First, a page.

The Algebra of Poetry

Algebra has a poetry of its own.

Poetry has an algebra of its own.

1) How is poetry like an algebra equation?
2) What is the ration and proportion of poetry?
3) What is your definition of “earned abstraction”? How does a poem earn the use of abstract concepts and words?

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  1. The balance between art and science can be elusive.

    Here is my definition, applicable to this post:

    Physics: The truth that is matter.

    Art: The matter that is truth.

  2. Yes, Janet, when it comes to any form of dogma (art or science), the following observation pretty much tells us the whole story.

    “I suppose it is tempting, if the only tool you have is a hammer,
    to treat everything as if it were a nail.”

    —from The Psychology of Science by Abraham H. Maslow

    The indelible memories of our lives are felt, not thought.

  3. Eden,

    Your chapter in “An Artist Empowered” titled: Art & Physics: the upshot being this: you can’t measure God with a ruler” is a good reference in this discussion.


  4. When I told my son, the economist, that I’d always figured him for an artist (music, poetry) he said, “Mom when you get up high enough in math, it has a certain beauty and elegance.” We (being Western culture) have long mused about the music of the spheres, and Hesse’s brilliant discussions of music and math all make such an argument as well.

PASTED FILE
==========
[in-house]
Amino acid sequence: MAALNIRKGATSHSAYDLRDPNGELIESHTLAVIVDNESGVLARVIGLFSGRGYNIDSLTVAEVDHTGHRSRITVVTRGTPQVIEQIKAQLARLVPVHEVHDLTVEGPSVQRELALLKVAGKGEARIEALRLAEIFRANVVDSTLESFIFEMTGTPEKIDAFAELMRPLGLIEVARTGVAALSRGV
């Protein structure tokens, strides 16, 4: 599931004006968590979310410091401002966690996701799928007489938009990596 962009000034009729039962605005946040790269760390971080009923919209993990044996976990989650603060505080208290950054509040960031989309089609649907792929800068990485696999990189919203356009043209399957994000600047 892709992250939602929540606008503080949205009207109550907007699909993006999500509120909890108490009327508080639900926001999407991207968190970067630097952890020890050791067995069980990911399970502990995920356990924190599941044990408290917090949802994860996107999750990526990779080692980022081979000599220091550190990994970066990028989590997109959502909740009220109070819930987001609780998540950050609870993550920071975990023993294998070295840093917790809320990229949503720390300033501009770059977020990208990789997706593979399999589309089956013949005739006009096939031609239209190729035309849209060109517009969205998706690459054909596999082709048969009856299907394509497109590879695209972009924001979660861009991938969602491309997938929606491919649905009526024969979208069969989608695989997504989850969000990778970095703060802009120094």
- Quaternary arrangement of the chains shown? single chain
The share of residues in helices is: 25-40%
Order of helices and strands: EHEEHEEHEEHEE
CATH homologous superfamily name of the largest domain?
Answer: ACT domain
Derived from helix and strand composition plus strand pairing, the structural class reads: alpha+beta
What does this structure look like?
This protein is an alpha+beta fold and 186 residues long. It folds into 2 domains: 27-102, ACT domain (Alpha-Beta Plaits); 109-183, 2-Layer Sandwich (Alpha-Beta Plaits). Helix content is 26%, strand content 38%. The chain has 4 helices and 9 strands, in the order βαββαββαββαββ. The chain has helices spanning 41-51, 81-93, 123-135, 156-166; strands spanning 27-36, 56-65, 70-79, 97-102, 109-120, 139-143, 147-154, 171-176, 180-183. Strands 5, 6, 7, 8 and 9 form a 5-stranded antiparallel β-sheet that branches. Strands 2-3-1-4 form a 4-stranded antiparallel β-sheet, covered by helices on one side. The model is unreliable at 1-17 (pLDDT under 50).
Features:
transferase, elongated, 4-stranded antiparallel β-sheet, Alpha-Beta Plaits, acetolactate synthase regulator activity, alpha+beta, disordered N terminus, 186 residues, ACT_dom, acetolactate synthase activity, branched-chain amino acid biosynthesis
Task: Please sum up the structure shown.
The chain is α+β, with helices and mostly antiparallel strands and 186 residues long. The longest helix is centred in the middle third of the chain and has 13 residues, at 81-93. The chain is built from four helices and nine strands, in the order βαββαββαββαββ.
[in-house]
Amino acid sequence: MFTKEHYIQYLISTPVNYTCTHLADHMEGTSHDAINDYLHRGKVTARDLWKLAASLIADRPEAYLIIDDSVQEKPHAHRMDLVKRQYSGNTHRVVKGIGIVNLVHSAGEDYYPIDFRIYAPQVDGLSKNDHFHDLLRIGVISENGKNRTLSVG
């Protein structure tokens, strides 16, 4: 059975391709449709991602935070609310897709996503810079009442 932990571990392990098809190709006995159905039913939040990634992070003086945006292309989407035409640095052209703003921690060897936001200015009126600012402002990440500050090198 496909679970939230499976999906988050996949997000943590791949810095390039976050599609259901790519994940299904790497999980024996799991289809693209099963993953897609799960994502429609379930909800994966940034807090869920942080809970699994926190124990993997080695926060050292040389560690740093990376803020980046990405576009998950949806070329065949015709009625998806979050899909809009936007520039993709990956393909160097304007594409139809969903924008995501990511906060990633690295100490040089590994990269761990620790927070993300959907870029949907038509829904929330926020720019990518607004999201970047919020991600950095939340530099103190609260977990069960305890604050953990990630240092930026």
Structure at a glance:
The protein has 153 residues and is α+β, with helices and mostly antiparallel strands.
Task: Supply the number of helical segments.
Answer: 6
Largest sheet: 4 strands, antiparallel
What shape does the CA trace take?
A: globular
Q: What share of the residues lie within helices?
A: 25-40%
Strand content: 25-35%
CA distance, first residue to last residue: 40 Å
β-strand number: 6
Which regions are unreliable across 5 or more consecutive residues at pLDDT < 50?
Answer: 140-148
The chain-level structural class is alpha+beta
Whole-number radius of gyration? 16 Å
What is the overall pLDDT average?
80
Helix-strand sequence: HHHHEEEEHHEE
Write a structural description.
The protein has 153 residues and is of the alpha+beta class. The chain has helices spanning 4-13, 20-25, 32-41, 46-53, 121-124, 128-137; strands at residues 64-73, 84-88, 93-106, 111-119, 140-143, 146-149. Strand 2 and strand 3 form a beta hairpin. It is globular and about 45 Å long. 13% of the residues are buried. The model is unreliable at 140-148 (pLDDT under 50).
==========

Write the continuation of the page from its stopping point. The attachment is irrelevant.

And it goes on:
Now for the algebra of poetry, what comes to mind is the solving for the unknown. An experience that resonates more than it should, an elusive motif, a pattern of words or sounds, are always central to poetry. If there is no unknown, you shouldn’t write a poem (and there is no algebra without an unknown to solve for).

    Earned abstraction, I’ll be interested to see more of what people say about this. I still generally tune out of abstraction in poetry, but I am now seeing some limited times when the abstraction is so unexpected, yet so inevitible that it seems almost as concrete as the thud of a door being broken into.

    Thanks for getting me into this discussion on an otherwise Monday, Monday.

  5. Thanks, Mary Ruth, for your perceptive response. It’s good to have an online discussion about things that matter to us as writers. I always love the boundary between things that often seem in different camps.

    Janet Riehl

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